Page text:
I learned a new term last night--amyloid-beta proteins--and it's sure to become a household word like trans fatty acids.
These A-beta proteins are the sticky stuff that make up the famous plaques deposited in brains of persons who show symptoms of Alzheimer's disease.
On last night's HBO special "Momentum in Science," doctors described A-Beta deposits as "dirt" or "splinters" in the brain, causing inflammation in which microglia (another new term for me) eat up the A-beta but also kill brain cells.
A researcher showed two very dramatic before-and-after slides of twenty-some neurons with many connections and then (after adding microglia) just a few neurons with almost no connections.
That was enough for me--I'm going to try to reduce the A-beta protein in my brain.
It turns out that insulin resistance and glucose levels are related to how much A-beta is present in one's brain and spinal fluid at any time.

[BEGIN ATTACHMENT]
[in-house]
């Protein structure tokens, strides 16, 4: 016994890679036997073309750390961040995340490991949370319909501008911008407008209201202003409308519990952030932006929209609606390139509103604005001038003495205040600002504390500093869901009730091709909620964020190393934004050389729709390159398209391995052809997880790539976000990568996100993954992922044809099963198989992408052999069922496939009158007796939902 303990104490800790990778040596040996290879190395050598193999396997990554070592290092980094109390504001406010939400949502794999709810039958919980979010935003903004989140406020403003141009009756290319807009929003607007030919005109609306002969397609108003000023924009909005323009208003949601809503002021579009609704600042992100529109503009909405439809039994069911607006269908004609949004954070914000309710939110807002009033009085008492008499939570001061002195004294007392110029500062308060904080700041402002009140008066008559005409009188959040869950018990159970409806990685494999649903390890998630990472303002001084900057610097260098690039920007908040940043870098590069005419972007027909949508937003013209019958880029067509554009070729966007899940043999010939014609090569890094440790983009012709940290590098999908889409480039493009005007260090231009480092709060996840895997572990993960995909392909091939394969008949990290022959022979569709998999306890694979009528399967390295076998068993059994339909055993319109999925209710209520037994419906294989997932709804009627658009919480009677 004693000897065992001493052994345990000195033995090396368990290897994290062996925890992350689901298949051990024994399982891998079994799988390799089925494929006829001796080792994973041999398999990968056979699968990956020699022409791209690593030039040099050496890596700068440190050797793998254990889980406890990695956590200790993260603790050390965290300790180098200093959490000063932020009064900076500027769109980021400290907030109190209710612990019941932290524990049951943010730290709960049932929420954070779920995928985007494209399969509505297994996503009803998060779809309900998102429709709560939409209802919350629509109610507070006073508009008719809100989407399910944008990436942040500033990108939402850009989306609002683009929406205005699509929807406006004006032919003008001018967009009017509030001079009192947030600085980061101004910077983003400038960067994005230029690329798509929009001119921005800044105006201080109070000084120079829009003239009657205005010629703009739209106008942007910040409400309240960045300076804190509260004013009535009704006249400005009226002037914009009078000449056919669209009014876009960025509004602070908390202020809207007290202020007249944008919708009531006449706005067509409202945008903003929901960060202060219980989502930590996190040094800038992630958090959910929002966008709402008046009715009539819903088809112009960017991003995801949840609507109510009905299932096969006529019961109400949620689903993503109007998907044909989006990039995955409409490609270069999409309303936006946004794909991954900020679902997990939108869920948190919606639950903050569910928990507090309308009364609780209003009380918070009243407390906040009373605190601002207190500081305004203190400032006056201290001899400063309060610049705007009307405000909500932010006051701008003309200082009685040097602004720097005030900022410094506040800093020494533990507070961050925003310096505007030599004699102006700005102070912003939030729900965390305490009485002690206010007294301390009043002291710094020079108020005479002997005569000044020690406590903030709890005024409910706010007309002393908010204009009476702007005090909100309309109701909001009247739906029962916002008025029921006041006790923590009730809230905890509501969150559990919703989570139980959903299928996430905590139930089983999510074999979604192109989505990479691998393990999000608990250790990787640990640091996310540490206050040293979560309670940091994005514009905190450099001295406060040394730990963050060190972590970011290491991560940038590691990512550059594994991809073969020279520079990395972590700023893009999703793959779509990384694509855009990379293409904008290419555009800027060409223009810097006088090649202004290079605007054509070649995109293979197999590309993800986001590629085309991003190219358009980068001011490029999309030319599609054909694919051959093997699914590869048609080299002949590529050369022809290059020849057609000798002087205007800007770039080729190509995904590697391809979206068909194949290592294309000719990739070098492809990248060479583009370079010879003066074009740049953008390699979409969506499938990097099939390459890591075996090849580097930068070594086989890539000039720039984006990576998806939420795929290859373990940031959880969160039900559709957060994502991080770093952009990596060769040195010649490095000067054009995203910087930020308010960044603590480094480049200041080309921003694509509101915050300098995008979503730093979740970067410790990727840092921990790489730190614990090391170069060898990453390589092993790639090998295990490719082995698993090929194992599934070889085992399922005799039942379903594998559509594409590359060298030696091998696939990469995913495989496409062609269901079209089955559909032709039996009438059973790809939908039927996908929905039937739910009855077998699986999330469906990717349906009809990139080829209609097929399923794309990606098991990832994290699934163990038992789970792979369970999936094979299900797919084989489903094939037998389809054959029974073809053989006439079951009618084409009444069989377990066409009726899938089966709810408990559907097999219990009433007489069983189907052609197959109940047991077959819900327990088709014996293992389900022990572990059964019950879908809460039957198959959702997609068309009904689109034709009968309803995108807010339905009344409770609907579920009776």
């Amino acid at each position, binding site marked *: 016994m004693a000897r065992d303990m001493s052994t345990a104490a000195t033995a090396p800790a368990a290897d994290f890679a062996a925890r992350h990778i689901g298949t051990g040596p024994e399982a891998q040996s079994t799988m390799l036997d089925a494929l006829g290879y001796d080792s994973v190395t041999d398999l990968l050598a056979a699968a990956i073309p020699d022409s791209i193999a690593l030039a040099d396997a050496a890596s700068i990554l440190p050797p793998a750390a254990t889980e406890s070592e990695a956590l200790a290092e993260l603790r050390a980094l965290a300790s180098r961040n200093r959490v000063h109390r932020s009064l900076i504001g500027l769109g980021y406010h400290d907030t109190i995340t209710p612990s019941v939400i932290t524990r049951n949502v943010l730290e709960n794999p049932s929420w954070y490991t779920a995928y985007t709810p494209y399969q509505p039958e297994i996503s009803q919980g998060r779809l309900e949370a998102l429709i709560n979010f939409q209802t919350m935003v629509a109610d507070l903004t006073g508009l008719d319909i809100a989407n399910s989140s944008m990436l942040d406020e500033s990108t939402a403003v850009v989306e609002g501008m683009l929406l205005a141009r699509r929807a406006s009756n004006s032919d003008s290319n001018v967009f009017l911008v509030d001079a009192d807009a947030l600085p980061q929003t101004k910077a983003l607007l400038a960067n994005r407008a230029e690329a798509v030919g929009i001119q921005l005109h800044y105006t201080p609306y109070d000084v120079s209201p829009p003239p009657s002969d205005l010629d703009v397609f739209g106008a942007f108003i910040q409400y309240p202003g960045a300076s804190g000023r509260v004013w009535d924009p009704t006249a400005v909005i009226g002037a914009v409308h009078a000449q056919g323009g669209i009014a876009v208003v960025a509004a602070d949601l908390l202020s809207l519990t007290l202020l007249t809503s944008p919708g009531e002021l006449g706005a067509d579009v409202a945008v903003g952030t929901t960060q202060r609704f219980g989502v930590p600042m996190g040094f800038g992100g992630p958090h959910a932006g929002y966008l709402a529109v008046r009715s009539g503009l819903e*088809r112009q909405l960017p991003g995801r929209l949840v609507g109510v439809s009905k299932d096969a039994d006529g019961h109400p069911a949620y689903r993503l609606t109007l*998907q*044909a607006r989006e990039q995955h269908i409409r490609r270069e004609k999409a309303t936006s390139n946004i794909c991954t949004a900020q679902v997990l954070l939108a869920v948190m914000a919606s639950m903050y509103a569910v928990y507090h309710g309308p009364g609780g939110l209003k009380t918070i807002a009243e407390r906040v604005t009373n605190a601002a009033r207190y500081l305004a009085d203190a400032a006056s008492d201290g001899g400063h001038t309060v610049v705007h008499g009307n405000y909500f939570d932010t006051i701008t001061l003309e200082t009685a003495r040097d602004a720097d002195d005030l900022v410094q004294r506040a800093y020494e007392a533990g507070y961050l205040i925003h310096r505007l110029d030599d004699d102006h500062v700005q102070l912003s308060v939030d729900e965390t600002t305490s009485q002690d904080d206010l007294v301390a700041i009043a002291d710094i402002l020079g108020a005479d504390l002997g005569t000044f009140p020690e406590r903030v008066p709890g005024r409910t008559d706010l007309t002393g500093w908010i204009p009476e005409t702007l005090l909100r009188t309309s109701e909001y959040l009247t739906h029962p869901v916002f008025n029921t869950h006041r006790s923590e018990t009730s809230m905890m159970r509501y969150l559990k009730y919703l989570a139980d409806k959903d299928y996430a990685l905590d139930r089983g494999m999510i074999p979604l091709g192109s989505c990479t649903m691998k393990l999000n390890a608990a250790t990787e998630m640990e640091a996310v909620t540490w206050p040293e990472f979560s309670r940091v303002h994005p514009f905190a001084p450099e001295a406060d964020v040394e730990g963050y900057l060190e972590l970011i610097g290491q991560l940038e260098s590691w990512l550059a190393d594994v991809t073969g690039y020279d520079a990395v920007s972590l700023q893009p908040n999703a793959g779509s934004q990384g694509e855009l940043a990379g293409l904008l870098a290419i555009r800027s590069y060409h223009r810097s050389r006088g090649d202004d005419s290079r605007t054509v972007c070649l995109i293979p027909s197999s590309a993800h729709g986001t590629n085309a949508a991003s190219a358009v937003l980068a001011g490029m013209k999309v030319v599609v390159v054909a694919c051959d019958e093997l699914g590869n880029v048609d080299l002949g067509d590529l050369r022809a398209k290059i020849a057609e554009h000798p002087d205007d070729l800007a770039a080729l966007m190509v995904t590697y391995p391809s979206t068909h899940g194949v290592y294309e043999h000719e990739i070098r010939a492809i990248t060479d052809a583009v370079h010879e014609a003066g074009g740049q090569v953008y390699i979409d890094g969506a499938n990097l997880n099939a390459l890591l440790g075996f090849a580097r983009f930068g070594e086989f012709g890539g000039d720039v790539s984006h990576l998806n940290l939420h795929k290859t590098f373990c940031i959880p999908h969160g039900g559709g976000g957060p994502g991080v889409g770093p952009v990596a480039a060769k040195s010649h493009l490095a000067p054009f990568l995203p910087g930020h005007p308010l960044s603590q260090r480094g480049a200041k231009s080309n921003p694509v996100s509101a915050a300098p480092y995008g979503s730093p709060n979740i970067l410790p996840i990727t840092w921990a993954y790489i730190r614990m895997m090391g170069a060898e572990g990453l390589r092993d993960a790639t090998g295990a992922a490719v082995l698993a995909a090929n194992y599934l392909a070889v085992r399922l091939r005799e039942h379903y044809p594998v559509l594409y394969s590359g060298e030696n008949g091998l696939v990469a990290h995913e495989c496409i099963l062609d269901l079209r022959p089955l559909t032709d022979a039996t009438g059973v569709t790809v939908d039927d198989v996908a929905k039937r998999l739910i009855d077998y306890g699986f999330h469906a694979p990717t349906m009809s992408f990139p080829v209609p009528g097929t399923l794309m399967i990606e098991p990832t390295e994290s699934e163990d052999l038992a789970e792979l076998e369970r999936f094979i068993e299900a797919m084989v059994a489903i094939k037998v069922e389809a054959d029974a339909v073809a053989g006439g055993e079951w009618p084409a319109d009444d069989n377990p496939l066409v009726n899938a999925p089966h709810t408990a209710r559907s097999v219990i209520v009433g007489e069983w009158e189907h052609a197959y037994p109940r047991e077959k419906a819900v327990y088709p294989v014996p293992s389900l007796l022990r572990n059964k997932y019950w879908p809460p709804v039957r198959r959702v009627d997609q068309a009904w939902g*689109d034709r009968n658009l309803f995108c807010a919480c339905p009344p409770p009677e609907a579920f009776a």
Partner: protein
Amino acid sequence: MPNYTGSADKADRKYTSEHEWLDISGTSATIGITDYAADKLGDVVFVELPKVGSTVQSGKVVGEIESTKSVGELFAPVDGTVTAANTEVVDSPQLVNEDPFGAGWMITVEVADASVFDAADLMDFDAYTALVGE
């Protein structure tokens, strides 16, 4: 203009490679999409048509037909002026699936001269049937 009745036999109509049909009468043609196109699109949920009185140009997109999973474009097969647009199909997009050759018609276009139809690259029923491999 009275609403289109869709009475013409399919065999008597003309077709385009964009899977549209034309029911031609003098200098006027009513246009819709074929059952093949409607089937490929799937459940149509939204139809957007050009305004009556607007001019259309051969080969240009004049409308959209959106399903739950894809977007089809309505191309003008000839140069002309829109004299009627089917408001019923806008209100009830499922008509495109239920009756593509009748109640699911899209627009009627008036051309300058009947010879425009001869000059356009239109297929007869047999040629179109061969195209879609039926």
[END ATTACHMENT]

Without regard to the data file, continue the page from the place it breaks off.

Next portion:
"Insulin levels sky rocket," they said, after eating foods high in saturated fat and simple sugars. "They remain elevated for a long time... and cause increased beta amyloid in the spinal fluid."
So I'm converted: no more egg mcmuffins with orange juice (does juice have simple sugars?) when traveling.
The other segments of "The Alzheimer's Project" are about patients, families, and caregivers--useful if you aren't already involved in dementia care.
But I recommend that everyone watch the two-part series on the science of Alzheimer's Disease (AD). You can see it by streaming from the website hbo.com/alzheimers... if you can spell it. It will also be repeated several times this week, or you can buy the DVD.
Another tidbit: aerobic exercise for 30 minutes dramatically increases insulin resistance for 24 hours. Those nasty splinters aren't deposited.
Looks like my sporadic beach jogging needs to become daily.